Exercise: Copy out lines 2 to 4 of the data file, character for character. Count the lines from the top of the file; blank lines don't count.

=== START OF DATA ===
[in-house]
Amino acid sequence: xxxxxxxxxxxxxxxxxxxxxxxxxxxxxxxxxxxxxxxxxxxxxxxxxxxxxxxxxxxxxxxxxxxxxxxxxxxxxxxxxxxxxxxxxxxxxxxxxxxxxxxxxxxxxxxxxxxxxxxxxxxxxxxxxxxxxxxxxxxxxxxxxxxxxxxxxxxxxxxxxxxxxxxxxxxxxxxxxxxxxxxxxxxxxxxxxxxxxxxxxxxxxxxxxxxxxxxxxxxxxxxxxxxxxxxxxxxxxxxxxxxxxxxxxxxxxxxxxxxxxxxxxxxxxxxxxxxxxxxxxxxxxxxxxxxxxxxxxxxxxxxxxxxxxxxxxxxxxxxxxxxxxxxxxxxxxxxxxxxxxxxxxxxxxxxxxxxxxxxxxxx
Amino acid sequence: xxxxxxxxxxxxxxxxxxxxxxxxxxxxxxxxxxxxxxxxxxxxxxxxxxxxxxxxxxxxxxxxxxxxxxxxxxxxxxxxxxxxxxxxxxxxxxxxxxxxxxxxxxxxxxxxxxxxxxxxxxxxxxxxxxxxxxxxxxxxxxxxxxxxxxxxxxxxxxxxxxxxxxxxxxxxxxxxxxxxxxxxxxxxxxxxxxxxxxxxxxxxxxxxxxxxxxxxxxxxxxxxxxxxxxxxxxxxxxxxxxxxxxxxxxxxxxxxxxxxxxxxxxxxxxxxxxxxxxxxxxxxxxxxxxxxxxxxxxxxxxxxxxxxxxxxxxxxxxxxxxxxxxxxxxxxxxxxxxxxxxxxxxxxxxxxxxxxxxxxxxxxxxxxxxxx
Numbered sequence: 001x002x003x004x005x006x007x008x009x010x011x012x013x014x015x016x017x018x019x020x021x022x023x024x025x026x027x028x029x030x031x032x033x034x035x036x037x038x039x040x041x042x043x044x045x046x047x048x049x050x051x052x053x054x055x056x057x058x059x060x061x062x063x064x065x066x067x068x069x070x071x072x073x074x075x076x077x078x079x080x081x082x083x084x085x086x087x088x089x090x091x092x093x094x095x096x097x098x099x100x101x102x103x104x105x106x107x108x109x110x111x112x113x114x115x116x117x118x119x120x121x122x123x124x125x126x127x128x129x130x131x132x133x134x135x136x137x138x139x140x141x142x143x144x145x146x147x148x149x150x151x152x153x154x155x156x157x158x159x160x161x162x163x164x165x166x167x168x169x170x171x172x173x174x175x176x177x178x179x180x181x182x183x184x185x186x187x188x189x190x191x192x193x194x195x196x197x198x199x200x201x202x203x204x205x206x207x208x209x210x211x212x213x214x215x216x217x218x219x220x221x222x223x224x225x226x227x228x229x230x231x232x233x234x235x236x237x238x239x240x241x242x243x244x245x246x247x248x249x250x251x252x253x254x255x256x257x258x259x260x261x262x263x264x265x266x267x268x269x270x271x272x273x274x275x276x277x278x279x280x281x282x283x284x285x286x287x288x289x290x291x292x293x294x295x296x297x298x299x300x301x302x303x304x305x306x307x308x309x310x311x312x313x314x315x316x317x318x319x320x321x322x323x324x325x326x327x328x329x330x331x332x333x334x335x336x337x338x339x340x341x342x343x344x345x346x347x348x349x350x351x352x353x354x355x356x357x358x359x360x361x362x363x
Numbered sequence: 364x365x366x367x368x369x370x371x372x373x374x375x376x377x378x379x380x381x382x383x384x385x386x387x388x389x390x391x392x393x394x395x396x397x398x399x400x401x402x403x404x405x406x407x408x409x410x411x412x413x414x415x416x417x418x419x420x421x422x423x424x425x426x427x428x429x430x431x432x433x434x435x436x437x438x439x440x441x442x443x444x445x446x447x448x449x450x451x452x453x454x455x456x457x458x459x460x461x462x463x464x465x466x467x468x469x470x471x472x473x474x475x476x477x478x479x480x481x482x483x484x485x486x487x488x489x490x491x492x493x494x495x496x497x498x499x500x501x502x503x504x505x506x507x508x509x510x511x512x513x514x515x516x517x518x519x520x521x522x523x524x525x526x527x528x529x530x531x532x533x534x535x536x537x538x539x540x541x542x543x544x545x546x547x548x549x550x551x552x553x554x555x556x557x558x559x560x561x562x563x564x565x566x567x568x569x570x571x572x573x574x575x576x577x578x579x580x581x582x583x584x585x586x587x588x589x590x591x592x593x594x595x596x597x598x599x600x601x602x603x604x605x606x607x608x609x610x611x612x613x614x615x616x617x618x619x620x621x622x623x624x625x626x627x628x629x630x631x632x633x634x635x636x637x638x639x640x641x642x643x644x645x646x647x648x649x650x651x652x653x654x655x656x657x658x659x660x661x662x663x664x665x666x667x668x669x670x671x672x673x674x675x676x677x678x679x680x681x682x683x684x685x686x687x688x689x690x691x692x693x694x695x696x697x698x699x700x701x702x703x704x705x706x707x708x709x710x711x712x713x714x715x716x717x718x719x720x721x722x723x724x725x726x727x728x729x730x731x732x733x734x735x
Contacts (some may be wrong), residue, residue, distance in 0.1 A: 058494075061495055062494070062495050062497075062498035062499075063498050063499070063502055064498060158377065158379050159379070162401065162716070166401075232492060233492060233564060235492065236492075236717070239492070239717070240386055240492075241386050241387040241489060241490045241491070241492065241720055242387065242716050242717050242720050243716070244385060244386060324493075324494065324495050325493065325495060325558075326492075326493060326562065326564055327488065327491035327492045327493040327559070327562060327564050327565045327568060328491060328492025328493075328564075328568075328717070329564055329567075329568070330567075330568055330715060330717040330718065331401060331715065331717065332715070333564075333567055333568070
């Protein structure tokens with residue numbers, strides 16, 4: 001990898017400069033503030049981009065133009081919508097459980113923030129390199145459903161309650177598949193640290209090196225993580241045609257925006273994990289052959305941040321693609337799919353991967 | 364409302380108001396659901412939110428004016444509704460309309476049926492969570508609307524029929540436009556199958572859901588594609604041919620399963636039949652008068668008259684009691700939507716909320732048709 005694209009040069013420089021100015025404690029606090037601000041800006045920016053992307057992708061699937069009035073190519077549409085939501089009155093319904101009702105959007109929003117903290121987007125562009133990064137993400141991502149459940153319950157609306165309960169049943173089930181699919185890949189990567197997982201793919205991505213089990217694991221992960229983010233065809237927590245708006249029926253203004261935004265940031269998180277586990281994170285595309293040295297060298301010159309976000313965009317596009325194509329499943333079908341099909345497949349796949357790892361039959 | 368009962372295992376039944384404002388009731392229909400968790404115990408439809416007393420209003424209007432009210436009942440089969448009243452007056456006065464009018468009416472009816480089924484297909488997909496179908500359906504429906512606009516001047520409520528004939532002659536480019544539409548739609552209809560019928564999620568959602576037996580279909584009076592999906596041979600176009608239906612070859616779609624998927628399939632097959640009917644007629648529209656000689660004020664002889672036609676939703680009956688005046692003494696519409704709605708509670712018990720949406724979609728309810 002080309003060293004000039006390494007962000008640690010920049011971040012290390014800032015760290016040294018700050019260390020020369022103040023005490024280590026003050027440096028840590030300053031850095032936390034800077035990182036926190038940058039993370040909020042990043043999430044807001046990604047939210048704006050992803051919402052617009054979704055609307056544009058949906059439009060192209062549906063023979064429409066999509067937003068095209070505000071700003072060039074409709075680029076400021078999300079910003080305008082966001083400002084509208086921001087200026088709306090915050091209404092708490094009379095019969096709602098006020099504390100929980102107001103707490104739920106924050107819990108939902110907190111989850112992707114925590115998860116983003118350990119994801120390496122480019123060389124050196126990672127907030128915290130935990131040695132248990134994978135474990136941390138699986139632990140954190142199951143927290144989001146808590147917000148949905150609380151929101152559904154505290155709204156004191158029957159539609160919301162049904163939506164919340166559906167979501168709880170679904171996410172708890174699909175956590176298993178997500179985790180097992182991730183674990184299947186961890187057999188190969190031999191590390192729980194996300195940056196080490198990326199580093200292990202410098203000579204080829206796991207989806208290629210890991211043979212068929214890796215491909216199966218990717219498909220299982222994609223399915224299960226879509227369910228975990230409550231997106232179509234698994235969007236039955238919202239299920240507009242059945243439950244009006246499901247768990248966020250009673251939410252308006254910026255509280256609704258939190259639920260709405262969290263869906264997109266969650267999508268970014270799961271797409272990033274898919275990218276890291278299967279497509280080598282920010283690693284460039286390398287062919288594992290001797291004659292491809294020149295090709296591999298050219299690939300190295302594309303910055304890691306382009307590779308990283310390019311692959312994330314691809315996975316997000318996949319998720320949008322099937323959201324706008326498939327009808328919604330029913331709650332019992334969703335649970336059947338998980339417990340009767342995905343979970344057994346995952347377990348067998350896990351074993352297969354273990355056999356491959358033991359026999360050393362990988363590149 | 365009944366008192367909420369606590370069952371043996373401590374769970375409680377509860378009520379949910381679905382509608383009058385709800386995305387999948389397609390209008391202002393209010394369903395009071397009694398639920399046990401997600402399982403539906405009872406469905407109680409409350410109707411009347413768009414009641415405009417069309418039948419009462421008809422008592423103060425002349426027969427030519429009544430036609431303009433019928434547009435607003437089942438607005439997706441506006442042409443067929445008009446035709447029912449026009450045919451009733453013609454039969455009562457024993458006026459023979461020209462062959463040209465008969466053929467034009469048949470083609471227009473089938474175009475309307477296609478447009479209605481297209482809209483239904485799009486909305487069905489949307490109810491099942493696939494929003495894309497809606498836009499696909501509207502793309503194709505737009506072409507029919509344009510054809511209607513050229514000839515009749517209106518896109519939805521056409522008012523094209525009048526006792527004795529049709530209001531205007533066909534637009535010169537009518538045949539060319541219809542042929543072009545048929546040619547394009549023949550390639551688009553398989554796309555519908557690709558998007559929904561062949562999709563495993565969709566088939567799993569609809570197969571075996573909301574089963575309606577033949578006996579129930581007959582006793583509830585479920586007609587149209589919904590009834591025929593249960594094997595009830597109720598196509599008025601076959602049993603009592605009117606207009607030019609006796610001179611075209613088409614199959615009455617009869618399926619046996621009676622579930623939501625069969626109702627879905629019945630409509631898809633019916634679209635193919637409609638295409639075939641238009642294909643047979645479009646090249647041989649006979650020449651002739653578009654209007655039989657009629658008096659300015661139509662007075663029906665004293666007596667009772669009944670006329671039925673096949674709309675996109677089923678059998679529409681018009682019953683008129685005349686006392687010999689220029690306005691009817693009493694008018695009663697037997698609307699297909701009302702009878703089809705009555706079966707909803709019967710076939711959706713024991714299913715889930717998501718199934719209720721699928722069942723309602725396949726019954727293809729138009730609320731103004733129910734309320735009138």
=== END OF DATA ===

Amino acid sequence: xxxxxxxxxxxxxxxxxxxxxxxxxxxxxxxxxxxxxxxxxxxxxxxxxxxxxxxxxxxxxxxxxxxxxxxxxxxxxxxxxxxxxxxxxxxxxxxxxxxxxxxxxxxxxxxxxxxxxxxxxxxxxxxxxxxxxxxxxxxxxxxxxxxxxxxxxxxxxxxxxxxxxxxxxxxxxxxxxxxxxxxxxxxxxxxxxxxxxxxxxxxxxxxxxxxxxxxxxxxxxxxxxxxxxxxxxxxxxxxxxxxxxxxxxxxxxxxxxxxxxxxxxxxxxxxxxxxxxxxxxxxxxxxxxxxxxxxxxxxxxxxxxxxxxxxxxxxxxxxxxxxxxxxxxxxxxxxxxxxxxxxxxxxxxxxxxxxxxxxxxxx
Amino acid sequence: xxxxxxxxxxxxxxxxxxxxxxxxxxxxxxxxxxxxxxxxxxxxxxxxxxxxxxxxxxxxxxxxxxxxxxxxxxxxxxxxxxxxxxxxxxxxxxxxxxxxxxxxxxxxxxxxxxxxxxxxxxxxxxxxxxxxxxxxxxxxxxxxxxxxxxxxxxxxxxxxxxxxxxxxxxxxxxxxxxxxxxxxxxxxxxxxxxxxxxxxxxxxxxxxxxxxxxxxxxxxxxxxxxxxxxxxxxxxxxxxxxxxxxxxxxxxxxxxxxxxxxxxxxxxxxxxxxxxxxxxxxxxxxxxxxxxxxxxxxxxxxxxxxxxxxxxxxxxxxxxxxxxxxxxxxxxxxxxxxxxxxxxxxxxxxxxxxxxxxxxxxxxxxxxxxxx
Numbered sequence: 001x002x003x004x005x006x007x008x009x010x011x012x013x014x015x016x017x018x019x020x021x022x023x024x025x026x027x028x029x030x031x032x033x034x035x036x037x038x039x040x041x042x043x044x045x046x047x048x049x050x051x052x053x054x055x056x057x058x059x060x061x062x063x064x065x066x067x068x069x070x071x072x073x074x075x076x077x078x079x080x081x082x083x084x085x086x087x088x089x090x091x092x093x094x095x096x097x098x099x100x101x102x103x104x105x106x107x108x109x110x111x112x113x114x115x116x117x118x119x120x121x122x123x124x125x126x127x128x129x130x131x132x133x134x135x136x137x138x139x140x141x142x143x144x145x146x147x148x149x150x151x152x153x154x155x156x157x158x159x160x161x162x163x164x165x166x167x168x169x170x171x172x173x174x175x176x177x178x179x180x181x182x183x184x185x186x187x188x189x190x191x192x193x194x195x196x197x198x199x200x201x202x203x204x205x206x207x208x209x210x211x212x213x214x215x216x217x218x219x220x221x222x223x224x225x226x227x228x229x230x231x232x233x234x235x236x237x238x239x240x241x242x243x244x245x246x247x248x249x250x251x252x253x254x255x256x257x258x259x260x261x262x263x264x265x266x267x268x269x270x271x272x273x274x275x276x277x278x279x280x281x282x283x284x285x286x287x288x289x290x291x292x293x294x295x296x297x298x299x300x301x302x303x304x305x306x307x308x309x310x311x312x313x314x315x316x317x318x319x320x321x322x323x324x325x326x327x328x329x330x331x332x333x334x335x336x337x338x339x340x341x342x343x344x345x346x347x348x349x350x351x352x353x354x355x356x357x358x359x360x361x362x363x